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Who Can and Cannot See Your Credit Report

Your credit report, a summary of your financial history, is an important document that can help determine whether or not you receive a credit card, mortgage or automobile loan, and what interest rate you will pay for your loans.  Your credit report can even determine whether or not you can rent an apartment or whether you get hired for a job. 

The Fair Credit Reporting Act ("FCRA") specifies who can access your credit report and who cannot.  The FCRA states that a company must have a legitimate purpose to view your report and any organization or individual who obtains a copy of your credit report without permission or under false pretenses can be fined under the FCRA. 

Who Can See Your Report

Lenders
If you are applying for credit or already have credit, the lender has permission to view your report.  A lender may review both your credit score and report during the application process and periodically while you maintain credit. 

Insurance Companies
Most auto insurance and some homeowner insurance companies will review your credit report prior to extending you insurance.  Some insurance companies will request your score to help determine what type of premium you will pay for the insurance.

Collection Agencies
If you owe money to a collection agency because you failed to make payment on your debts, a collection agency may view your credit report and score.  Collectors will use your report to determine whether or not to begin collection efforts.  Collectors often pull reports prior to a debtor knowing the collection agency was trying to collect a debt.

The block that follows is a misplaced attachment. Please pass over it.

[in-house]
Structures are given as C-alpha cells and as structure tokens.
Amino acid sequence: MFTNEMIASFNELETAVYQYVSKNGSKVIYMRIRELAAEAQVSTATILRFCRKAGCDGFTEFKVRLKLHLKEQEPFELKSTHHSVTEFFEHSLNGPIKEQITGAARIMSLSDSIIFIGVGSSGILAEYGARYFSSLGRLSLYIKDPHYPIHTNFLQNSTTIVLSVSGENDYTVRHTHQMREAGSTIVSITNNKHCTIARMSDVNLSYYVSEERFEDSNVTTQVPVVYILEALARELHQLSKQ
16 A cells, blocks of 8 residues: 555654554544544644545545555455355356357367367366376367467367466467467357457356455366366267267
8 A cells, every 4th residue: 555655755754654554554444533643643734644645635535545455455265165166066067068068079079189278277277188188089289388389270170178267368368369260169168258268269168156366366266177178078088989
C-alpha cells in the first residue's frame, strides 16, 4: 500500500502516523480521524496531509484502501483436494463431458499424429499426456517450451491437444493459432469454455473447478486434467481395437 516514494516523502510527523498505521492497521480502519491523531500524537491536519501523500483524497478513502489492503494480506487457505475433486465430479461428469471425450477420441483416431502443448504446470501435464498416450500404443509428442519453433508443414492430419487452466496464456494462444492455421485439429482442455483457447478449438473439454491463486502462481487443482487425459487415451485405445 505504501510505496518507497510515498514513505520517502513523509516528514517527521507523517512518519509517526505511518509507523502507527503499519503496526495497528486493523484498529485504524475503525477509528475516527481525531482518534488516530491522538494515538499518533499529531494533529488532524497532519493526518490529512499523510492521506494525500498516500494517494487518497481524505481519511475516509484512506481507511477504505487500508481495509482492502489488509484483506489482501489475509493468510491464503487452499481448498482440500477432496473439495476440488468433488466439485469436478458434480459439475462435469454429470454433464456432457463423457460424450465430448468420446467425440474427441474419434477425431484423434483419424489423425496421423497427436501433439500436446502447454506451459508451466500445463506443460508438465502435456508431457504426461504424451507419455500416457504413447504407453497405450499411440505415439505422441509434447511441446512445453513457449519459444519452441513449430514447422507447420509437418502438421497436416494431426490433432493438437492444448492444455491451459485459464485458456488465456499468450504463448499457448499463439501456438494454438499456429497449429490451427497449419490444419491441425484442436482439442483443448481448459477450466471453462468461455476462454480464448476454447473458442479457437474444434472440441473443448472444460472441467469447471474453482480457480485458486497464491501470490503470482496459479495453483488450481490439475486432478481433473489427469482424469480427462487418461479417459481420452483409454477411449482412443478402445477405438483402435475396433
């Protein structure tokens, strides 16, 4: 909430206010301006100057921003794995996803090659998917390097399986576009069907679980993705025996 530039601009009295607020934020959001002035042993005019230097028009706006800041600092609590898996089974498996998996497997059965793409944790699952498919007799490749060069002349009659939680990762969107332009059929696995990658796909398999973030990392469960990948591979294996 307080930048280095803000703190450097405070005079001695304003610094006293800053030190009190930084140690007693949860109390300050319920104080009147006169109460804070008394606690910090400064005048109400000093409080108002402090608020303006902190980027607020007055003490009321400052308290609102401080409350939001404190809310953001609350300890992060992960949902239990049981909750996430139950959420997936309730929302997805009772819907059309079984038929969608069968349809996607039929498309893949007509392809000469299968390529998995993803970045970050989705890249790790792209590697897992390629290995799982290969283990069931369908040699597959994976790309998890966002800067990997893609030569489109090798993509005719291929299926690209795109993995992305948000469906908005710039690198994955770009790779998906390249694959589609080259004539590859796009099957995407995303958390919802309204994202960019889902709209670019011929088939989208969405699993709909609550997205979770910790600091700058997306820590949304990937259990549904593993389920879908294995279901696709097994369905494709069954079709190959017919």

Landlords
Most landlords will check your credit before renting you an apartment or home.  Depending on what service the landlord or realty company uses for a credit check, the landlord may or may not receive your credit score along with a copy of your report. 

Cellular Phone and Utility Companies
When submitting an application for a cellphone or utility service, your credit report and score may be used to evaluate your request and may result in an outright denial or require you to provide a deposit prior to receiving service.  After you receive service, your report and score may be reviewed on a regular basis to monitor your account.   

Who Cannot See Your Report

Employers, Potential or Existing
Your employer or a potential employer cannot review your report without your written consent.  

Spouse or Ex-Spouse
Your spouse or ex-spouse cannot review your report. 

Any Potential Creditor with Whom You Have Not Applied for Credit
If you have not applied for credit with a company, they cannot access your credit file.   A potential creditor can pull your report for promotional purposes to determine if they should send you an offer of credit but they cannot see what is included in your report. 

If you are having trouble with your credit report or need additional information, please contact SmithMarco P.C. for a free case review.

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